For contemporary illustrations of this vase in a room designed by van de Velde for the Deutsch-Nationalen Kunstausstellung in Düsseldorf, see Kunst und Kunsthandwerk, Vienna, 1902, 540, 545; Die Kunst, 8, Munich 1902, 37 and Dekorative Kunst vi, Munich 1902, 37. In these interiors, carefully arranged by van de Velde himself, three or four vases are prominently placed. By contrast, the factory display in the same exhibition shows van de Velde's art pottery stacked cheek by jowl with traditional relief-moulded beer jugs (B. Dry-v. Zezschwitz, 1981, pls 9, 21). For further discussion of the Düsseldorf display, see J. Rudoe, 'Aspects of design reform in the German ceramic industry around 1900, as illustrated by the British Museum collection', Journal of the Decorative Arts Society 14, 1990, 24-33.
For other examples of this model in private collections, see Düsseldorf 1974, Hetjens-Museum, 'Europaische Keramik des Jugendstils, Art Nouveau, Modern Style', no. 280, with rust-red glaze all over; Brussels 1977, Palais des Beaux-Arts, 'Jugendstil', no. 501; Cologne 1978, Kunstgewerbemuseum, 'Meister der deutschen Keramik 1900-1950', G. Reineking von Bock, no. 245. In the latter the glaze has never been reduced and is a greenish-buff colour. A similar effect is to be seen on an example acquired by the Kunstindustrimuseet, Copenhagen in 1907. For an example in the Museum fur Kunst und Gewerbe, Hamburg, given by K. E. Osthaus in 1902, see H. Spielmann, 'Raume und Meisterwerke der Jugendstil-Sammlung', Museum für Kunst und Gewerbe, Hamburg 1977, pl. VII (inv. no. 1902.445). The colours are similar to the British Museum vase, but the glaze is uneven at the base. The Hamburg vase is incised 'Hanke'. Van de Velde's designs for R. Hanke do not always bear a factory mark, but the connection between artist and manufacturer is well documented; after the autumn of 1902, certain of van de Velde's designs were produced by Hanke exclusively, enabling van de Velde to insist on his pieces being impressed with his monogram. Osthaus' vase must therefore be among the earliest examples produced by Hanke, before the autumn of 1902, and may have been acquired at the Düsseldorf exhibition of that year. In her discussion of the marks on van de Velde stoneware, Beate Dry-v. Zezschwitz notes a Merkelbach vase with the designer's signature impressed on the side; the assumption is that firms other than Hanke did not use the van de Velde monogram (Dry-v. Zeschwitz 1981, 64-8). For examples of van de Velde's other models for stoneware, see C. Mosel, 'Bilderkataloge des Kestner-Museums Hannover, XI. Kunsthandwerk im Umbruch, jugendstil und zwanziger Jahre', Hanover 1971, no. 2; I. Franzke, 'Jugendstil', Badisches Landesmuseum, Karlesruhe, Bestandkatalog, 1987, nos 183-4; Hohr-Grenzhausen 1986, Keramikmuseum Westerwald, 'Reinhold und August Hanke, Westerwalder Steinzug, Historismus-Jugendstil', H. Reinhold et al, nos 174-81.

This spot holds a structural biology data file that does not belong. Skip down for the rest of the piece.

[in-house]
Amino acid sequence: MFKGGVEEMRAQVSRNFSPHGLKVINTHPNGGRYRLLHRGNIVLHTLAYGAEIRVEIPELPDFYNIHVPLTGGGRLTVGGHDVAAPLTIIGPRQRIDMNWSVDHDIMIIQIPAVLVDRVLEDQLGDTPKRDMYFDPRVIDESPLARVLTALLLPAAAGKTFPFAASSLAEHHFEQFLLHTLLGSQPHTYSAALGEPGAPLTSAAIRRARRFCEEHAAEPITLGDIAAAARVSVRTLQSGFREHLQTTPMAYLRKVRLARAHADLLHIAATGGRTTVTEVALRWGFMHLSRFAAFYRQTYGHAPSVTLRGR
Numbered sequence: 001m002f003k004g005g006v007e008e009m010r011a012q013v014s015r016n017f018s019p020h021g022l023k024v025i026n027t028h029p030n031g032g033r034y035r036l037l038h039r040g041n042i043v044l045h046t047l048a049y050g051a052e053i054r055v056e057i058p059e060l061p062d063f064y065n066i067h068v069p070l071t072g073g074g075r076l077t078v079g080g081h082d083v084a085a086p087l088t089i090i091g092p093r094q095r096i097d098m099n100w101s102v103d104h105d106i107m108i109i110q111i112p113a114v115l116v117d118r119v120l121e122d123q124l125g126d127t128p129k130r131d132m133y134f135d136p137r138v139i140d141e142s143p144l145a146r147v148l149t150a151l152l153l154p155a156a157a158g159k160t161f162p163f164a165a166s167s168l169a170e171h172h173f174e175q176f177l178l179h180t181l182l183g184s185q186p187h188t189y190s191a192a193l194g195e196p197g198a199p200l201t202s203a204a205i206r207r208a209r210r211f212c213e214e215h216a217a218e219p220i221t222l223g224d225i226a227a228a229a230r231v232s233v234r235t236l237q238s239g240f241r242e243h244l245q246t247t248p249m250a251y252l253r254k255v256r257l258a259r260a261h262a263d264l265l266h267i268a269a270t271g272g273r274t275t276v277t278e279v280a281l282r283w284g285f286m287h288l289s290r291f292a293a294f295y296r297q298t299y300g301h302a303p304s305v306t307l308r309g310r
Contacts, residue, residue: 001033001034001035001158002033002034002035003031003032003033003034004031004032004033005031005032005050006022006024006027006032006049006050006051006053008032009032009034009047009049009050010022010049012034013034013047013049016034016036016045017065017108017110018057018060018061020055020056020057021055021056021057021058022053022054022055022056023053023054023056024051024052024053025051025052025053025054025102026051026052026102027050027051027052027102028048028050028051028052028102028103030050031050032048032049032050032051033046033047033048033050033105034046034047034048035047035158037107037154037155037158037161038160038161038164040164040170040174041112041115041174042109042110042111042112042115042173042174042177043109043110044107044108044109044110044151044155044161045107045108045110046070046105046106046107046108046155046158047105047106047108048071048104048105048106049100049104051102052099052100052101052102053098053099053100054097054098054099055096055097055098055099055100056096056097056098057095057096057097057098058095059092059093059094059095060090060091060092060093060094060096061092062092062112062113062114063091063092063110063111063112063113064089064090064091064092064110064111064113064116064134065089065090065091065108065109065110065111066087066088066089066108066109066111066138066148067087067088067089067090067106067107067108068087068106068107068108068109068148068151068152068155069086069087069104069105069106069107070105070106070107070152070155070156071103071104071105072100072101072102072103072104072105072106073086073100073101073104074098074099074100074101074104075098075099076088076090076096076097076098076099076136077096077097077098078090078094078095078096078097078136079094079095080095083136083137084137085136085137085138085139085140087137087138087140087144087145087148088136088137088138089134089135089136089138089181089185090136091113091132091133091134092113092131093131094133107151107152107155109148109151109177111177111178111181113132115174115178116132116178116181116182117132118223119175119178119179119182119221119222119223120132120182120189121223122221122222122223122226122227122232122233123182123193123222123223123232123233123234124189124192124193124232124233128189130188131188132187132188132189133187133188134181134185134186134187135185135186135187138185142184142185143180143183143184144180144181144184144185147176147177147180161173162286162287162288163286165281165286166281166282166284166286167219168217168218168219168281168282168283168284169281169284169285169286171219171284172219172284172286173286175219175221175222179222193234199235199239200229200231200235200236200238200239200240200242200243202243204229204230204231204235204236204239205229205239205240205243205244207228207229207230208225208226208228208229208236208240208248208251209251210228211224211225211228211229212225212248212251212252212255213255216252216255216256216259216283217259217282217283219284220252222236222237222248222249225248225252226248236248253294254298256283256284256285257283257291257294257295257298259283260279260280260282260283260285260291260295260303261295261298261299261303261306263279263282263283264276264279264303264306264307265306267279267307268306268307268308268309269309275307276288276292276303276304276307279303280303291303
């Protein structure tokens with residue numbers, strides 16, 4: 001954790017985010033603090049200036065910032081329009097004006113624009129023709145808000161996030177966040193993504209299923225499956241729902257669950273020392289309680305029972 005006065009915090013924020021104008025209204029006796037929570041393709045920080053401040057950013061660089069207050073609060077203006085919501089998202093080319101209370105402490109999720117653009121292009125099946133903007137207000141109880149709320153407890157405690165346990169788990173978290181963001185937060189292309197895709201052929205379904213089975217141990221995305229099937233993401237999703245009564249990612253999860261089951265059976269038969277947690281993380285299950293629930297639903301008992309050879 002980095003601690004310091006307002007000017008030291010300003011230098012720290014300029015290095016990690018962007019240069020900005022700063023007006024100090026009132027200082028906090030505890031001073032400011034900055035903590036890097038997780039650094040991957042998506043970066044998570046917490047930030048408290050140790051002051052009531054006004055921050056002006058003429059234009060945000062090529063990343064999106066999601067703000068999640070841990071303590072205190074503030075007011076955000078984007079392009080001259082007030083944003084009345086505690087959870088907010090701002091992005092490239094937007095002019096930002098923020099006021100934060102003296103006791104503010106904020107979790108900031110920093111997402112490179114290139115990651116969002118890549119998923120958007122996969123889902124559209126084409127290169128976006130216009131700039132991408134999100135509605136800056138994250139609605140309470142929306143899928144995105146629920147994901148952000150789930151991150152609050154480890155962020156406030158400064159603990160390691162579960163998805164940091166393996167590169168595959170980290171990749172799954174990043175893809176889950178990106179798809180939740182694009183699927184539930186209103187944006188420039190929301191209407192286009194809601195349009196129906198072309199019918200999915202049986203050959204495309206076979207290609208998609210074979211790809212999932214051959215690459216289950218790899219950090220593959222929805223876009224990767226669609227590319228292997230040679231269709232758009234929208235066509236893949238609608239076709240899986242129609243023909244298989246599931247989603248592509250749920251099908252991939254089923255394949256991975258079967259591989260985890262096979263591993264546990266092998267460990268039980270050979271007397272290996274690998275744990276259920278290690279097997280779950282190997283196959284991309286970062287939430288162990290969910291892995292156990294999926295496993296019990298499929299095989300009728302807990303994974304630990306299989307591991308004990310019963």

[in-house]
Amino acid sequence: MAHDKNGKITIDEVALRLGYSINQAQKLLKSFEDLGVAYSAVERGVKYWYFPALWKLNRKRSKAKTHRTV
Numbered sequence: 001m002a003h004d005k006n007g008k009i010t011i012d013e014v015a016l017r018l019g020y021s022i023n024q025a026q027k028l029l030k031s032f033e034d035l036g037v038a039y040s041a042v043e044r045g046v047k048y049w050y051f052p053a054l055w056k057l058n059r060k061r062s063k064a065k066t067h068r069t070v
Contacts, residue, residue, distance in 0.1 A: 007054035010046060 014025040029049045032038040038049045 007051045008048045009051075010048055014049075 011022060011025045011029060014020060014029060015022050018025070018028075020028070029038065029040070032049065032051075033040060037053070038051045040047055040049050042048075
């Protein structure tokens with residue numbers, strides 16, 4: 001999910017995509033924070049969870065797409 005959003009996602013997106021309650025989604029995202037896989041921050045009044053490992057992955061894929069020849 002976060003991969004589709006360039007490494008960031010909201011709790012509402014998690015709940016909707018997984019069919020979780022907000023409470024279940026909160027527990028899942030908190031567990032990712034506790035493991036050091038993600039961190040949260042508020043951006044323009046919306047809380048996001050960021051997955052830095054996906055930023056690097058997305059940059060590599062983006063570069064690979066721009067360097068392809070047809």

Van de Velde also designed table and ornamental wares in the traditional Westerwald manner with relief decoration in blue and grey. These items were sold as cheaper versions of the 'art' wares with their expensive glazes (see Recent Acquisitions, Cat. 354, 1990.0711.1). Sometimes the same forms appear with patterned decoration. An example of the British Museum vase with two-tone decoration also designed by van de Velde is illustrated by W.D. Pecher, 'Henry van de Velde, das Gesantwerk, Gestalung', band 1, Munich 1981, 188, who gives no source or date, but the illustration appears to be taken from a Hanke catalogue. A number of similar designs were later produced by van de Velde's pupils.
See also J. Rudoe, 'An historical continuum: collecting 20th century applied art from Europe and America at the British Museum' from 'The International Art & Design Fair 1900-2002' pp. 15-28, fig. 7.
- On display (G48/dc1)
- Associated events
- Designed for: Düsseldorf Exhibition 1902
- Acquisition date
- Britain, Europe and Prehistory
- Registration number